The body of material (e.g., wet concrete) in the bore hole, in contact with the wave radiation surface 211a on the lower end of the column, is under high hydrostatic pressure. The pressure wave radiated into the coupling material from the radiator and transmitted therethrough will be seen to be superimposed on the maintained mean hydrostatic pressure. By having the mean hydrostatic pressure relatively high, the amplitude of the acoustic waves transmitted through the material to the walls of the bore hole is established at a correspondingly high level. The impedance of the coupling material is also a factor of interest. Using a material such as concrete, the acoustic impedance, while not as high as the output impedance of the wave radiator, or the impedance of the formation itself, is still comparatively high. Moreover, the impedance of the material is elevated by reason of the high hydrostatic pressure, which tends to increase the density of the fluid. Further, the impedance of the material can be further increased by incorporating therein a greater proportion of granular solid material, such as sand.
Under the conditions described, a powerful acoustic wave action is set up in and propagated through the earthen material, an amplitude exceeding the endurance limit of the formation, i.e., capable of shattering rock formation, being readily attained. Desired penetration of the formation proceeds rapidly under these conditions.
Also, under the high power level acoustic waves transmitted through injected material in liquid form, liquid cavitation and other non-linear, transient or asymmetric wave effects, including steep front shock Waves, are attainable. These elfects are conducive to wave peaking, whereby the pressure amplitude corresponding to the endurance limit of the formation may be periodically instantaneously exceeded by a relatively great amount.
An advantageous feature of the present system is that its underground operation may be detected by simply watching the vibratory behavior of the upper end of the pipe string, the oscillating beam, and Wave generator. Under conditions of resonance, these parts will oscillate at a maximized amplitude, as may easily be observed. When the system is loaded, i.e., coupled to the formation and Working on unfractured formation, it operates at relatively high Q. That is to say, the energy storage per half cycle is large relative ot the energy dissipated per half cycle. The system tunes sharply, and is sensitive to engine speed. When the material penetrates the earth, large frictional energy dissipation occurs, and the Q of the system falls greatly. The two principal manifestations at the ground surface are that vibration amplitude falls, and the system is much less sensitive to engine speed, in that its tuning becomes considerably broader.
In injecting a given zone of substantial vertical dirnension, the pipe string may be progressively raised, removing stands of pipe as required, using conventional derrick equipment. In doing this throughout a considerable vertical interval, some attention may in some cases have to be paid to adjustment of generator frequency to preserve resonance. This may be done by throttling the engine. However, the torque responsive characteristics of a carburetor engine tend to make this regulation automatic. In general, the engine, at fixed throttle, varies its speed in response to the torque demand placed on it. When the engine is driving a load constituting a resonant vibrating member, it experiences an increased torque at the resonant frequency, which holds the engine at a corresponding speed. If resonance frequency falls, the torque peaks at a lower engine speed, and the engine speed lowers accordingly. In the case of a large stem 213 such as here illustrated, caused to vibrate at its own resonant frequency by waves travelling down the pipe string 212, adjustment of frequency, once resonance in member 213 has been established, will in general not be required. In the event that a uniform column should be employed, and that it should be desired to maintain standing wave resonance therein as the column is lengthened, the frequency of the generator may be changed, by changing the speed of engine 235, so as to preserve resonance. Or, with a torque responsive engine, this may occur automatically. In many cases speed regulation of the engine will not be required, or will not occur to any great extent, however, since the changed length is often a small percentage of the total length, and operation will not depart very much from the peak of the resonant curve. It is also true, of course, that while resonance is always desirable, and gives optimized performance, it is not always absolutely essential to successful operation; and in many cases, if the system is set up and driven at fixed frequency to attain resonance, and the pipe string is then shortened or lengthened, so that the resonant frequency of the column length as a whole is changed, the system will still operate successfully even without frequency adjustment.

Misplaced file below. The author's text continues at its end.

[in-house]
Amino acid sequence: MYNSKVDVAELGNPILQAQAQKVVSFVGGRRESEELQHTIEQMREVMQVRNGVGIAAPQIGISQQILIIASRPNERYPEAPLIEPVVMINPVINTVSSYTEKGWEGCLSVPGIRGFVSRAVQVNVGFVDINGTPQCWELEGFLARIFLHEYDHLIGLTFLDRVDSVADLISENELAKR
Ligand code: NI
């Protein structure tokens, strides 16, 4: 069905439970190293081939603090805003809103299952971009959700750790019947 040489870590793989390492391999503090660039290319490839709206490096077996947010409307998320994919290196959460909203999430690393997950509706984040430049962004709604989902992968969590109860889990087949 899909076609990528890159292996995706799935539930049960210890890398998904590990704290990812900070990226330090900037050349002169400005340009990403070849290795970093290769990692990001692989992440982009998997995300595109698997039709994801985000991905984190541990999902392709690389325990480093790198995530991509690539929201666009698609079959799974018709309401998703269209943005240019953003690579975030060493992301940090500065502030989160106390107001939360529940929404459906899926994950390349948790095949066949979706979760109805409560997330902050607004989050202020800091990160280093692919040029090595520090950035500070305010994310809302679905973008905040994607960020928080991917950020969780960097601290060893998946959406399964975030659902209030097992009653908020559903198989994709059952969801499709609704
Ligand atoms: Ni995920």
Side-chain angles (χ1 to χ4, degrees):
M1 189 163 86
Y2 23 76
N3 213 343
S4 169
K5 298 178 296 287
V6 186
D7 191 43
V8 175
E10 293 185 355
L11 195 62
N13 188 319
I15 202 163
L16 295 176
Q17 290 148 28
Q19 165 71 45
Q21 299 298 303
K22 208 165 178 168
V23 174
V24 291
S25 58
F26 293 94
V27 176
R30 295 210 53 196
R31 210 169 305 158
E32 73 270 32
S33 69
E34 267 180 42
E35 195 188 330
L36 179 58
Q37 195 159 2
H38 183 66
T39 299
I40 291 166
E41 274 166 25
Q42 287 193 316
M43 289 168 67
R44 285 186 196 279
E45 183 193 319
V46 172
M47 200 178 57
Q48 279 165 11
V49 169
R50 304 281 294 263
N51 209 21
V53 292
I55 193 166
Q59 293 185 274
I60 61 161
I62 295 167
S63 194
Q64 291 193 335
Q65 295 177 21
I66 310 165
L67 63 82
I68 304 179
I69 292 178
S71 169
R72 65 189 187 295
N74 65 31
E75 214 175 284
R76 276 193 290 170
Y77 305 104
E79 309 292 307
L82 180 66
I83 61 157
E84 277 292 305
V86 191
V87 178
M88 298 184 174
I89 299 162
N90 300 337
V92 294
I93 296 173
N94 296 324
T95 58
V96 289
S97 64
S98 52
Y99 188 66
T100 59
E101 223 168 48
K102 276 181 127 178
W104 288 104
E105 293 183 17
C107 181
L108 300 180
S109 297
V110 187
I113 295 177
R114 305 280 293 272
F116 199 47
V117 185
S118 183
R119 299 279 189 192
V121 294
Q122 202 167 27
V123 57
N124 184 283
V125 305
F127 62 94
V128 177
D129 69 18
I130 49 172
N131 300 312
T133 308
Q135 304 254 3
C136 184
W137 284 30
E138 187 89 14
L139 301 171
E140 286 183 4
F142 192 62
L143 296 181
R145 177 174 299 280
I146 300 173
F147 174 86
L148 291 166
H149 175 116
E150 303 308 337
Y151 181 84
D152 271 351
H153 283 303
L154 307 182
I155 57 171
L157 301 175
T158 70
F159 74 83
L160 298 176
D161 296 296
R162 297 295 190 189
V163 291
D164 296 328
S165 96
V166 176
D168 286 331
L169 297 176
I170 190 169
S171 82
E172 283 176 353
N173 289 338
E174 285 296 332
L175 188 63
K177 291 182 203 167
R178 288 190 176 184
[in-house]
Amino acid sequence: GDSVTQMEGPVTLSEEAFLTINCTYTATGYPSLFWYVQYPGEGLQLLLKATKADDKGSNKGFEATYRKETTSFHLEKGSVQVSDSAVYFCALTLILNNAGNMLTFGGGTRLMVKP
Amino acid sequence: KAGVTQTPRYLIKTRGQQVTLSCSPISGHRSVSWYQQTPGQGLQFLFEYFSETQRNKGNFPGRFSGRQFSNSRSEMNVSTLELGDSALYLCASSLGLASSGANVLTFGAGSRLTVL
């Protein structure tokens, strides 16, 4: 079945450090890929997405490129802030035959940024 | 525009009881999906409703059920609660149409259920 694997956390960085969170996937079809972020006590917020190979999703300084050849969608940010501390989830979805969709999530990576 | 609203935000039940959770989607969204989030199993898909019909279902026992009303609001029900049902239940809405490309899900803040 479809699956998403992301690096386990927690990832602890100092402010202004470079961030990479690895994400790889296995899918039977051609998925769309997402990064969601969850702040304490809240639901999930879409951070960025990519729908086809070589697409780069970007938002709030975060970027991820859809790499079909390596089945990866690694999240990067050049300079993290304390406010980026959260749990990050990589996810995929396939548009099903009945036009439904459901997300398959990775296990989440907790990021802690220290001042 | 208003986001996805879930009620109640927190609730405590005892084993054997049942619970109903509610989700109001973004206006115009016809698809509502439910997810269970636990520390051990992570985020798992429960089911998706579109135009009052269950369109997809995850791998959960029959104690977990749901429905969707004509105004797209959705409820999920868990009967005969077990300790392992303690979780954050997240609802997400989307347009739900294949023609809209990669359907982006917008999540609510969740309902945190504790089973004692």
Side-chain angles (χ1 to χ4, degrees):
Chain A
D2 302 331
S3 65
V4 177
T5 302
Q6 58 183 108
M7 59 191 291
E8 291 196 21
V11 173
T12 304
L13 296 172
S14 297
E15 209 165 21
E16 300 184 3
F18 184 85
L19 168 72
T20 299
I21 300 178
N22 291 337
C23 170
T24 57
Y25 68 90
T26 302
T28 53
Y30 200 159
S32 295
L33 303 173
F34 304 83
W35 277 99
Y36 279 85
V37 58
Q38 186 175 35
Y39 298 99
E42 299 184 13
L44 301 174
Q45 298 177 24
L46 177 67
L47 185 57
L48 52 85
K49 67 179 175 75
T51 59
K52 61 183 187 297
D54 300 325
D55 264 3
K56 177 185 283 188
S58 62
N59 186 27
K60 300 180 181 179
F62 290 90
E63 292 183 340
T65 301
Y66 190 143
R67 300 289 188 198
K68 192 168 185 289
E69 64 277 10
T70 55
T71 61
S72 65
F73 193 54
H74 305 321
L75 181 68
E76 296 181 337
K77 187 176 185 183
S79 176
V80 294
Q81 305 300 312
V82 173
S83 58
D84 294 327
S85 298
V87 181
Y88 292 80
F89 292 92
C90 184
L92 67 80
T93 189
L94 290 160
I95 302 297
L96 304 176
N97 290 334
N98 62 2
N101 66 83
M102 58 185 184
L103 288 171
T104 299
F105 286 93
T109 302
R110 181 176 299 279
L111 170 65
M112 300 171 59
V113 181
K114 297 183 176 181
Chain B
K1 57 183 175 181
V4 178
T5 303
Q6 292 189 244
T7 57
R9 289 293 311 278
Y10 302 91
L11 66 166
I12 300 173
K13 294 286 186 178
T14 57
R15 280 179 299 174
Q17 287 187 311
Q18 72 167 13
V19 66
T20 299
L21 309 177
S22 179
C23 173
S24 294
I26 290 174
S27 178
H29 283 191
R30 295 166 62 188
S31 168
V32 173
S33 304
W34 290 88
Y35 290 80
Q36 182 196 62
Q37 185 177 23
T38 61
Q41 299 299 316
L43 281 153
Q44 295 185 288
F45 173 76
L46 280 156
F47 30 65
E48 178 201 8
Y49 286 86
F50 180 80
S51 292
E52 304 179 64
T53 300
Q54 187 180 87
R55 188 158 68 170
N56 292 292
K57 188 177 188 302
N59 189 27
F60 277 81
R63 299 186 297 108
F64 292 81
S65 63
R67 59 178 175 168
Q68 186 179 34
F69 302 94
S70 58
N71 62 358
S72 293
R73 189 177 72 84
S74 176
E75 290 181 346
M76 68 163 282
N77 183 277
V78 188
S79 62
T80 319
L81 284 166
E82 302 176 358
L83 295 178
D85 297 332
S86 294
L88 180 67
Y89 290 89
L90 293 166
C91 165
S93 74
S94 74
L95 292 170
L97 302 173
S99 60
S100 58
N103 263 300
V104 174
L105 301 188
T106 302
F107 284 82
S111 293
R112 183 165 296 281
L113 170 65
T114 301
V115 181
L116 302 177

Note may also be made of the fact that when the equipment has been lowered to a relatively great depth, and the fundamental resonant frequency is correspondingly low, the prime mover may often advantageously be speeded up to find and operate at higher harmonic frequency.
It is desired to caution against confusion of the distributed constant or standing wave mode of vibration of the column or stem used in the practice of the invention as distinguished from other common modes of vibration. Thus the vibratory column or stem described herein does not vibrate bodily, i.e., as a whole, but by elastic deformation within itself, according to its distributed constants of mass and elasticity, modified in some cases by an extent of lumped mass owing, for example, to concentration of mass at the oscillator. Such a distributed constant sys tem has a resonant frequency of its own, uninfluenced by any features of its environment. The resonant behavior of such a column or stem does not depend, for example, upon the elasticity of the earth, or other media, upon which one of its ends may rest, such that a type of bouncing resonance is attained, with the mass of the bodily vibrating column cooperating with the elasticity of the earth .to establish a resonant type of vibration. To reiterate, the preferred practice of the invention is characterized by a distributed constant or standing wave mode of elastic vibration within the column or stem mounting the oscillator, with resonance determined solely by selection of a vibration drive frequency corresponding to that for standing wave resonance of the column or stem.